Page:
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Egon Schiele

June 12, 1890 - October 31, 1918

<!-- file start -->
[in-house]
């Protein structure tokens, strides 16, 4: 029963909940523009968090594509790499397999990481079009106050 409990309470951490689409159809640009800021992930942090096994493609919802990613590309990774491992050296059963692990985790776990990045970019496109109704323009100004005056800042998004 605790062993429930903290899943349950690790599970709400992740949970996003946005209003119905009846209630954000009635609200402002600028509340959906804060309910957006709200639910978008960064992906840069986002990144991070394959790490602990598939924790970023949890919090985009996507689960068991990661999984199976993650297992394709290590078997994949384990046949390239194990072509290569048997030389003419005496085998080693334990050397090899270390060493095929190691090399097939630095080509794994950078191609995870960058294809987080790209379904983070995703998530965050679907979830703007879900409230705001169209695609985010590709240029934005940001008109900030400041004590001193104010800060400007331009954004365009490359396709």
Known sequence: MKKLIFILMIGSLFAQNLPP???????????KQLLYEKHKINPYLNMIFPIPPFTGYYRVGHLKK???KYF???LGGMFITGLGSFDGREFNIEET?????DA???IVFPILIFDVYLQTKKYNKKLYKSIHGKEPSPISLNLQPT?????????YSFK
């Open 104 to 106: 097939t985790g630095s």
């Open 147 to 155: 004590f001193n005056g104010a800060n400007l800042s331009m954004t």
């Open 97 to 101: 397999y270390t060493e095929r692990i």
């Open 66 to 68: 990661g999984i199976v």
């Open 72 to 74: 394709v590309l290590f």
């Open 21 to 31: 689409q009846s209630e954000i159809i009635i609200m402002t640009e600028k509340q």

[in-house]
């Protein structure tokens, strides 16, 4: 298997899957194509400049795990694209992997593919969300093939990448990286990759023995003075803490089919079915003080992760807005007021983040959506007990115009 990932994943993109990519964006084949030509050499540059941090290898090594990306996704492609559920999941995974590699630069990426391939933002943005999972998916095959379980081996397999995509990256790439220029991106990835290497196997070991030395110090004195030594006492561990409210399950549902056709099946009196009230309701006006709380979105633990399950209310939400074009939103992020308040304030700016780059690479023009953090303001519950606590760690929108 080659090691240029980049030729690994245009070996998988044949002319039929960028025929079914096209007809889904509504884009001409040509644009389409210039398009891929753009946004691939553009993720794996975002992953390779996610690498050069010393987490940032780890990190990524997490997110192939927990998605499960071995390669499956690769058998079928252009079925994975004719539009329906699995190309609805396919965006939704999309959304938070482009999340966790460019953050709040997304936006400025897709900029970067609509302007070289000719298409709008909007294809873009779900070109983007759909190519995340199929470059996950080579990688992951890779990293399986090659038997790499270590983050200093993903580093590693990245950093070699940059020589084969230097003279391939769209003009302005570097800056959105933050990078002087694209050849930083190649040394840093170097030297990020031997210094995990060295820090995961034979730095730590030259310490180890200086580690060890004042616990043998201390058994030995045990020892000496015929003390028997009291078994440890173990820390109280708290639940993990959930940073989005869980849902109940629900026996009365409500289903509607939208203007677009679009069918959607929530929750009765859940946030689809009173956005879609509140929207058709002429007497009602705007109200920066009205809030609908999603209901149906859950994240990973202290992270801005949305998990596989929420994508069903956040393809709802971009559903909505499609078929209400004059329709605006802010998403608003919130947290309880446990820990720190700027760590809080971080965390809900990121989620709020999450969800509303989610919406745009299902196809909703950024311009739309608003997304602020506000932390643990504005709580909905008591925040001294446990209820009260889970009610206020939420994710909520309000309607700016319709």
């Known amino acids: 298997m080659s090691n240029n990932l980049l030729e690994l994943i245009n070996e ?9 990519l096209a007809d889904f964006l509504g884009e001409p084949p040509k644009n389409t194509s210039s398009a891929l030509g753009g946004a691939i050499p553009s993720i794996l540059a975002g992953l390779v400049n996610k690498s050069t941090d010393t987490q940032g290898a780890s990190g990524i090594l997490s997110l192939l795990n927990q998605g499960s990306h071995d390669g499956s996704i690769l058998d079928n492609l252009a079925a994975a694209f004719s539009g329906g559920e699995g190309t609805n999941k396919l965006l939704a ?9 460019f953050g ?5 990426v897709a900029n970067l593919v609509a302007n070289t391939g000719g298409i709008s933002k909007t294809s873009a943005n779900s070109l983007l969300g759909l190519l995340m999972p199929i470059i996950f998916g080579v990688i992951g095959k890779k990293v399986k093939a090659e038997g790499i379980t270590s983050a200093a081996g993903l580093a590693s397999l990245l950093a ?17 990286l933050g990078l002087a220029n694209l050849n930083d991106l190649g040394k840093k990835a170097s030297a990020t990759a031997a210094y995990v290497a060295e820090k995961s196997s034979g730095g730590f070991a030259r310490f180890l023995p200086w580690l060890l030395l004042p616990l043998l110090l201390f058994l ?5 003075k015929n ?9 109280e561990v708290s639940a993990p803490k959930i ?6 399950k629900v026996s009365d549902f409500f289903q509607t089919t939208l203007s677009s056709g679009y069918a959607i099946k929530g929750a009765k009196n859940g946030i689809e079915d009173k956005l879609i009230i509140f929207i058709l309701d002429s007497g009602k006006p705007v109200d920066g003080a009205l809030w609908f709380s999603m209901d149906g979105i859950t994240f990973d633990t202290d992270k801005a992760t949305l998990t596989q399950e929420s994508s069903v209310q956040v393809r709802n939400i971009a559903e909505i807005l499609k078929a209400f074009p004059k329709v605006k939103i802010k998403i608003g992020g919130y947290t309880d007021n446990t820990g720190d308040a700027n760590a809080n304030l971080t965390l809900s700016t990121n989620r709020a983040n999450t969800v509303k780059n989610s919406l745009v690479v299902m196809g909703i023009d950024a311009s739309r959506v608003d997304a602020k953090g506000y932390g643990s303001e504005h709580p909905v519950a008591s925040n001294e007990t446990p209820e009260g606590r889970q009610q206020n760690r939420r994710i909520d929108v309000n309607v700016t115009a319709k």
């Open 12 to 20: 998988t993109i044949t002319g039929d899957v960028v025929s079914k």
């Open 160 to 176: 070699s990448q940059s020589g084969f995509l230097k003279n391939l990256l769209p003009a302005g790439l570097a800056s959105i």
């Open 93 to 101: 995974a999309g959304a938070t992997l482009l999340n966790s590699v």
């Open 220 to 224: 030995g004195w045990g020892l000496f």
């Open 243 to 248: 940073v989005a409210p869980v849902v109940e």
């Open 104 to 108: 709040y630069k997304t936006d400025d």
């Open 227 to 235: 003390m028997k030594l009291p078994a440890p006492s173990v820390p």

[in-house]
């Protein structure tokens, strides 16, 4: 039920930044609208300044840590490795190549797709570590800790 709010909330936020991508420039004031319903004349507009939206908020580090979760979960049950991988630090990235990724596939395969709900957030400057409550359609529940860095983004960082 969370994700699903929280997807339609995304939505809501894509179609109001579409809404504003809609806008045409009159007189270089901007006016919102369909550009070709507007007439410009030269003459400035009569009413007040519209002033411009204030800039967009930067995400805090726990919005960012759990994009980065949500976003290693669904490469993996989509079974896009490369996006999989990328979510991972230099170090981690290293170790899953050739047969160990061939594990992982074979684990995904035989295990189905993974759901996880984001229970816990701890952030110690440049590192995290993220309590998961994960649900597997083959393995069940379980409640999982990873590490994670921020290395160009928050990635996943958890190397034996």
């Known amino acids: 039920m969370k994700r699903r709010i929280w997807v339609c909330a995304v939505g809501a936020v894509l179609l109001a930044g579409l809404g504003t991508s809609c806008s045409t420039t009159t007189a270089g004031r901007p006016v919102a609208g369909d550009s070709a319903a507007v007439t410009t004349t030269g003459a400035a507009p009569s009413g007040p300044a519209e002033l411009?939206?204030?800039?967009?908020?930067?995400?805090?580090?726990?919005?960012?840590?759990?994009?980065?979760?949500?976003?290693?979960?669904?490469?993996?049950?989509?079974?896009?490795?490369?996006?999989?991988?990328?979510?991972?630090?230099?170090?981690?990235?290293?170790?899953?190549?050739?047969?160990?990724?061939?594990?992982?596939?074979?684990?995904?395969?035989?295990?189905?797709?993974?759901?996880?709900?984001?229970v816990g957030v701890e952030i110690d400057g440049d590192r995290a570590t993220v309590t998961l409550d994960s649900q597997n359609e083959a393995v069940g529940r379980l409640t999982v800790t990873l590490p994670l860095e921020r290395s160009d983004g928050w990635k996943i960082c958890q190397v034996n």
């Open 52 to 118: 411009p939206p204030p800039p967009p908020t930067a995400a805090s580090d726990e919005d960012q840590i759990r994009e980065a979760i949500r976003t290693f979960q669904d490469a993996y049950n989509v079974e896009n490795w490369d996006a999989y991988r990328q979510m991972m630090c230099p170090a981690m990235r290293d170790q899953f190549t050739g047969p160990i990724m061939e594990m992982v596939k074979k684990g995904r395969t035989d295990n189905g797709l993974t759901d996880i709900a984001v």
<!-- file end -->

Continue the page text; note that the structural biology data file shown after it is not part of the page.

The protégé of Gustav Klimt, Egon Schiele’s work often took an erotic charge as he explored life, death, and inner desires through interrogating the human body in his art. Egon Schiele was born on June 12, 1890 in Tulln, Austria, and attended the Akademie der Bildenden Künste in Vienna in 1906. Egon Sciele met Klimt in 1907, who would become his most important mentor. Egon Schiele took part in his first exhibition shortly after, in 1908. By the following year, he developed a style that was often categorized as Expressionism but possessed traits that were unique to his work and differed from the movement as a whole. Egon Schiele was frequently at odds with the law; police officers would often confiscate his erotic art, and in 1912 he was arrested for the abduction and rape of a minor. Despite these events, he would remain a prolific artist and, in 1915, married Edith Harms. Egon Schiele was drafted into World War I shortly after that, but spent the majority of his service in Vienna as an office worker and an escort for prisoners of war. He never ceased exhibiting his art. In 1918, Egon Schiele died of Spanish Influenza, three days after his pregnant wife had died as well. He was only 28 years old. Egon Schiele’s exploration of human intimacy and the inner self was what gave weight to the entirety of his art, but especially his portraiture. His portraits of close friends, lovers, and patrons, were often intimate experiences, as he made consistent eye contact with the sitter in order to access their inner world. Common to his work were eccentric gestures and expressions and distortions of the form to explore what he defined as the “crisis of the individual.” In his work, Egon Schiele also tended to place himself as a sage or clairvoyant with a higher understanding of the world. His body of work intended to prove that all art–and all exploration of the human spirit–was sacred, erotic, or not.

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